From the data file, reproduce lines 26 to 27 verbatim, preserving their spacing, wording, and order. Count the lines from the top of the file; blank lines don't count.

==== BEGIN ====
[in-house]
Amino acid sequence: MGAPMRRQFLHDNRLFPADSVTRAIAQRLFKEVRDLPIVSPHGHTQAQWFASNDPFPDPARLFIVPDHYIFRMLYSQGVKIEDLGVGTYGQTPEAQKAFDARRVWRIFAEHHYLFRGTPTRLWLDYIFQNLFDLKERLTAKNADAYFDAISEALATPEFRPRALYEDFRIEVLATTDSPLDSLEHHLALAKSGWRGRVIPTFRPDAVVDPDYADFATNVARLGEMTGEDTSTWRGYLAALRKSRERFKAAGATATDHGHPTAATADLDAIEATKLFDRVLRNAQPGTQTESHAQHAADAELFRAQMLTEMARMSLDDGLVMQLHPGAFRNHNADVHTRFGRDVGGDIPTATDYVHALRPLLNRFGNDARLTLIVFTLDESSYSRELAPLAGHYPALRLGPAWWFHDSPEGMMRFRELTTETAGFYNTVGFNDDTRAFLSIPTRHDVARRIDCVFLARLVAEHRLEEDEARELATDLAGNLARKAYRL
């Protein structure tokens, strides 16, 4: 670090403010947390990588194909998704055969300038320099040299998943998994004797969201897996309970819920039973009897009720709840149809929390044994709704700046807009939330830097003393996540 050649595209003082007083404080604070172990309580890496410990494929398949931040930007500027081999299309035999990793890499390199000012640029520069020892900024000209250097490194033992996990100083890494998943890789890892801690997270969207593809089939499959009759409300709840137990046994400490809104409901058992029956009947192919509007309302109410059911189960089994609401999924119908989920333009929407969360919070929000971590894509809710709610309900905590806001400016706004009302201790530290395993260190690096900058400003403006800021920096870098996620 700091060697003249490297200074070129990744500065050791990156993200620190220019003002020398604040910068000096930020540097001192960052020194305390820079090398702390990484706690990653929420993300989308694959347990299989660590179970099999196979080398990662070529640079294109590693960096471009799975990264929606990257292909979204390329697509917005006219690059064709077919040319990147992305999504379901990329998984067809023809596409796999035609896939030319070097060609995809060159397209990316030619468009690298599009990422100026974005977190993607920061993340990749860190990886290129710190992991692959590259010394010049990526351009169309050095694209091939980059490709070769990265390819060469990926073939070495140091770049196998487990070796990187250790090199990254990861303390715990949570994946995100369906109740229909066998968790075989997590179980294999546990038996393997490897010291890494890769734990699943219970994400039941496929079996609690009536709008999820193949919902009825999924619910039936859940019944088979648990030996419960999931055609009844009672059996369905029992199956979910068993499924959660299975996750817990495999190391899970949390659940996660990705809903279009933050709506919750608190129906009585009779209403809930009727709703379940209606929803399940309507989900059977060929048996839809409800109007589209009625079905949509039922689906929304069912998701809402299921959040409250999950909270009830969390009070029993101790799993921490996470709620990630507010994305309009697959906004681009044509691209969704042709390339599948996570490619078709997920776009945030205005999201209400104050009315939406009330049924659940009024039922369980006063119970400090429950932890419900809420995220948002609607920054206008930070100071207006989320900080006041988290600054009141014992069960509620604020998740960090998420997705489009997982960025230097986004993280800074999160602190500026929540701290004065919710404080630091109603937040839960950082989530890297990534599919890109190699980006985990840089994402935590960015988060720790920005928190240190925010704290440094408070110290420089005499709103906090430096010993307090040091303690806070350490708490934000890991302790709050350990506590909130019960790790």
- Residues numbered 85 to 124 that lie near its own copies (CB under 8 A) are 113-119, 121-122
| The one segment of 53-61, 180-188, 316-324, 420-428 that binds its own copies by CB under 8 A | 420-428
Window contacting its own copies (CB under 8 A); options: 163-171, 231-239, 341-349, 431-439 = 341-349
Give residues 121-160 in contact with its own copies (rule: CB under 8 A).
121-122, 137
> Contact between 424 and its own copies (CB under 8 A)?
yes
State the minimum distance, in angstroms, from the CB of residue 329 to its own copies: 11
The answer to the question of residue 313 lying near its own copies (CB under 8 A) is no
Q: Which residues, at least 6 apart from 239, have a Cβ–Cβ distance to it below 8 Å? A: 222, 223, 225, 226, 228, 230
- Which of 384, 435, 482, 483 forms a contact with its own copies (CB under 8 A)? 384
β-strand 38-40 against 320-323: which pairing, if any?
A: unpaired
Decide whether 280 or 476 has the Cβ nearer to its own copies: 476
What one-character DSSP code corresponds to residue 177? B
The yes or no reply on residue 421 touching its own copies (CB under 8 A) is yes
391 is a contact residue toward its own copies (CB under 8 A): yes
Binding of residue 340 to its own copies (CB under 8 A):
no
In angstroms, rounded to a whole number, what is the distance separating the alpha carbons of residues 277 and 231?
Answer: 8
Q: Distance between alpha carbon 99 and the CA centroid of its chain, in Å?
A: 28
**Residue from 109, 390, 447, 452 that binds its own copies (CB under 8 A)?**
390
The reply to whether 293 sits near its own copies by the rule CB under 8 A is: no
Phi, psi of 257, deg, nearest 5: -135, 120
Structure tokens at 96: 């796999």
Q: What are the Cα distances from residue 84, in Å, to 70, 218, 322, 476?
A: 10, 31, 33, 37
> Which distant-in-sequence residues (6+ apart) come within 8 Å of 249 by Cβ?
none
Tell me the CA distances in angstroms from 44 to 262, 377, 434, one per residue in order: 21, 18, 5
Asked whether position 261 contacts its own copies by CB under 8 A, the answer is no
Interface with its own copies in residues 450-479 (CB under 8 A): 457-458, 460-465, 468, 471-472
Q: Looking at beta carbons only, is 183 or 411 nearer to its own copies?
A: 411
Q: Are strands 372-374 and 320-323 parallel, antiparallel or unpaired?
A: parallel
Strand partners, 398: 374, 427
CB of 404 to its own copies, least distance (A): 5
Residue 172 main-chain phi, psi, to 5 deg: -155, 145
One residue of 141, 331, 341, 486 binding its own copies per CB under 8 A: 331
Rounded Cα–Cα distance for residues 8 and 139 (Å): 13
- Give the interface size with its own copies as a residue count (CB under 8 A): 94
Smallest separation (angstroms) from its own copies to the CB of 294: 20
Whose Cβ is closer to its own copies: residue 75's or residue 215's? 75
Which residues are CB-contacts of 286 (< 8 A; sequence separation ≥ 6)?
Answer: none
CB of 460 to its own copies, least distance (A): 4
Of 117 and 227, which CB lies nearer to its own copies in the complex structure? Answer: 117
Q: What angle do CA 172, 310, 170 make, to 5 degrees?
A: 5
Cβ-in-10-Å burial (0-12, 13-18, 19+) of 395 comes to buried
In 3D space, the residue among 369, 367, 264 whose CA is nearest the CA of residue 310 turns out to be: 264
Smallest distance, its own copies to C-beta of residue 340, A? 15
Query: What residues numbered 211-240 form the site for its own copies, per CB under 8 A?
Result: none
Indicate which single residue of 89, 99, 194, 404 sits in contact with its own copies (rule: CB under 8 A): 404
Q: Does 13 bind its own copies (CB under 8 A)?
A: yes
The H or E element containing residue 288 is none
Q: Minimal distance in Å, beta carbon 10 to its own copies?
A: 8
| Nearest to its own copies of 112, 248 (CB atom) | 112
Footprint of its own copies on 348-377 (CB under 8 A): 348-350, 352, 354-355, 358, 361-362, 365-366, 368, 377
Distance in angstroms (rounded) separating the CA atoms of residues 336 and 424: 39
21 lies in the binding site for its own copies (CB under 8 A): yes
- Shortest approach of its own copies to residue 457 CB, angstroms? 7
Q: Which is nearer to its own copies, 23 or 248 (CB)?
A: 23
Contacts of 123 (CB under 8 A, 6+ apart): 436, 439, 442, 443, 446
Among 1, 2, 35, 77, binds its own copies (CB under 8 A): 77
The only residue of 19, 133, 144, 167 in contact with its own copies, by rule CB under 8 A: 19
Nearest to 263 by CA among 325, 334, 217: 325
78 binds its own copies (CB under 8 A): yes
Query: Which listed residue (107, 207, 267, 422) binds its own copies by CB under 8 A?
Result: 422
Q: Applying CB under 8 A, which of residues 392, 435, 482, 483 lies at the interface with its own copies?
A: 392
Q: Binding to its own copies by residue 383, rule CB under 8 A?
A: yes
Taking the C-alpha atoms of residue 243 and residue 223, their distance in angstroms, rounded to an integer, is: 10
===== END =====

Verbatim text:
A: 28
**Residue from 109, 390, 447, 452 that binds its own copies (CB under 8 A)?**